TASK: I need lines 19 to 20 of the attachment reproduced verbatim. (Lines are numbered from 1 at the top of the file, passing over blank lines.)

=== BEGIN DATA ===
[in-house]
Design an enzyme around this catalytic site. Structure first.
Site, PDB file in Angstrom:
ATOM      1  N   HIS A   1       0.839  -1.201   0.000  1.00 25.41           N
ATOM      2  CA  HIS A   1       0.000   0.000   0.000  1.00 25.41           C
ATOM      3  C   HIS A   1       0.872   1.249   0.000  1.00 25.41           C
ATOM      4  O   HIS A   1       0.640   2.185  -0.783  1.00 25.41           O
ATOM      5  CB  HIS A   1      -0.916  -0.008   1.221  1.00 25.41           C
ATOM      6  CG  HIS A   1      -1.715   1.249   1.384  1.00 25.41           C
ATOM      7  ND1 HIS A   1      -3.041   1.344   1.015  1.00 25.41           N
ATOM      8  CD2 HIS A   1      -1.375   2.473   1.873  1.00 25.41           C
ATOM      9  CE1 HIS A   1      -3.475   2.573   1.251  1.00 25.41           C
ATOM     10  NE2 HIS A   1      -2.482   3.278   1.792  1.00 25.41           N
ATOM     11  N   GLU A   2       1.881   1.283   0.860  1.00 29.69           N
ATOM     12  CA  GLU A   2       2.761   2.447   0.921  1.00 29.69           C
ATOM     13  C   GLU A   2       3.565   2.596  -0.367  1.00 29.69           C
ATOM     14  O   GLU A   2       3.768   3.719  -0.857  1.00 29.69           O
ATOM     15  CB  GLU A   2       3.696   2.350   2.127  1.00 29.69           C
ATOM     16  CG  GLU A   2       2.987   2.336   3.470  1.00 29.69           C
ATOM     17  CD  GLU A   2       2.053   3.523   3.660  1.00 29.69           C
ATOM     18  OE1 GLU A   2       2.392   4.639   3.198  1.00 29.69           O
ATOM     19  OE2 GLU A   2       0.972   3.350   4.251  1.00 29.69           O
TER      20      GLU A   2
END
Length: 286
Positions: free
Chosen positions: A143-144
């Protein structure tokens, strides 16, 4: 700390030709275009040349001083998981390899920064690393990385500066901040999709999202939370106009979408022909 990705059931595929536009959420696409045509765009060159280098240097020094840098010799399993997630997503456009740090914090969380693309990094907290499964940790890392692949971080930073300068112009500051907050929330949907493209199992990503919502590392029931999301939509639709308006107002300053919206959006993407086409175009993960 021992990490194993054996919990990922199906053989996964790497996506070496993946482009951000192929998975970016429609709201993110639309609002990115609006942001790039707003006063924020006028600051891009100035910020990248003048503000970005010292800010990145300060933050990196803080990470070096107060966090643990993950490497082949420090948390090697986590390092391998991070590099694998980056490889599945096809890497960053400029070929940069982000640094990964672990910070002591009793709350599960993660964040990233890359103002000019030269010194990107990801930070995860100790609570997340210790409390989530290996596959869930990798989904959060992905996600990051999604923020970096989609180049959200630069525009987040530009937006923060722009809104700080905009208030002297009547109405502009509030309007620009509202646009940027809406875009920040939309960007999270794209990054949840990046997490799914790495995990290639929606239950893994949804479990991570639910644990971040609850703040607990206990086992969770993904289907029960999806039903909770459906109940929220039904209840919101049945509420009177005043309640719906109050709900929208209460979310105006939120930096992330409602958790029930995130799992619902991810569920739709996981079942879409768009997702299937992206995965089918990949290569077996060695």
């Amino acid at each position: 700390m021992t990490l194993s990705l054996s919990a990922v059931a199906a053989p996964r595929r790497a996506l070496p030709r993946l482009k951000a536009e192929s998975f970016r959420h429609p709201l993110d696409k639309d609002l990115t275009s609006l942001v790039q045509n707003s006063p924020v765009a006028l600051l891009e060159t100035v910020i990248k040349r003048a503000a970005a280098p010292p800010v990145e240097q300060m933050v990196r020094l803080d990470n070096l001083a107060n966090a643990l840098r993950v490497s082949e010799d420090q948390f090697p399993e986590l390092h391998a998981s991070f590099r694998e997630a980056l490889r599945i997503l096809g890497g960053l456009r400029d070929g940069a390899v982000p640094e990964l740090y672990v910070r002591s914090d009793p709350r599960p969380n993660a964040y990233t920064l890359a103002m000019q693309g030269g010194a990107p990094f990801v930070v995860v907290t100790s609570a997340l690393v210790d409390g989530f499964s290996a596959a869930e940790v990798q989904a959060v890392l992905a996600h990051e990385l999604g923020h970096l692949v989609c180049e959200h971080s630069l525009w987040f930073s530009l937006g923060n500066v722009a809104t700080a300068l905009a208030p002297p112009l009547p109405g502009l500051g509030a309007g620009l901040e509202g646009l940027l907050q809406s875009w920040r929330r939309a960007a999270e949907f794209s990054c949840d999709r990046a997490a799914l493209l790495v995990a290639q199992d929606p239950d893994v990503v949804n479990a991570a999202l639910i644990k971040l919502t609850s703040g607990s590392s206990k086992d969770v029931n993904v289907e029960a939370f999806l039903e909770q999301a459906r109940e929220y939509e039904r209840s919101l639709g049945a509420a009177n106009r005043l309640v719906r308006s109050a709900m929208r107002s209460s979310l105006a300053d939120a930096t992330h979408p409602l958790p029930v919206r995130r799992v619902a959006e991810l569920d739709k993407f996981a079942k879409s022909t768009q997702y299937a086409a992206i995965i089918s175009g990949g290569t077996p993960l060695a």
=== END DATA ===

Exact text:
ATOM     16  CG  GLU A   2       2.987   2.336   3.470  1.00 29.69           C
ATOM     17  CD  GLU A   2       2.053   3.523   3.660  1.00 29.69           C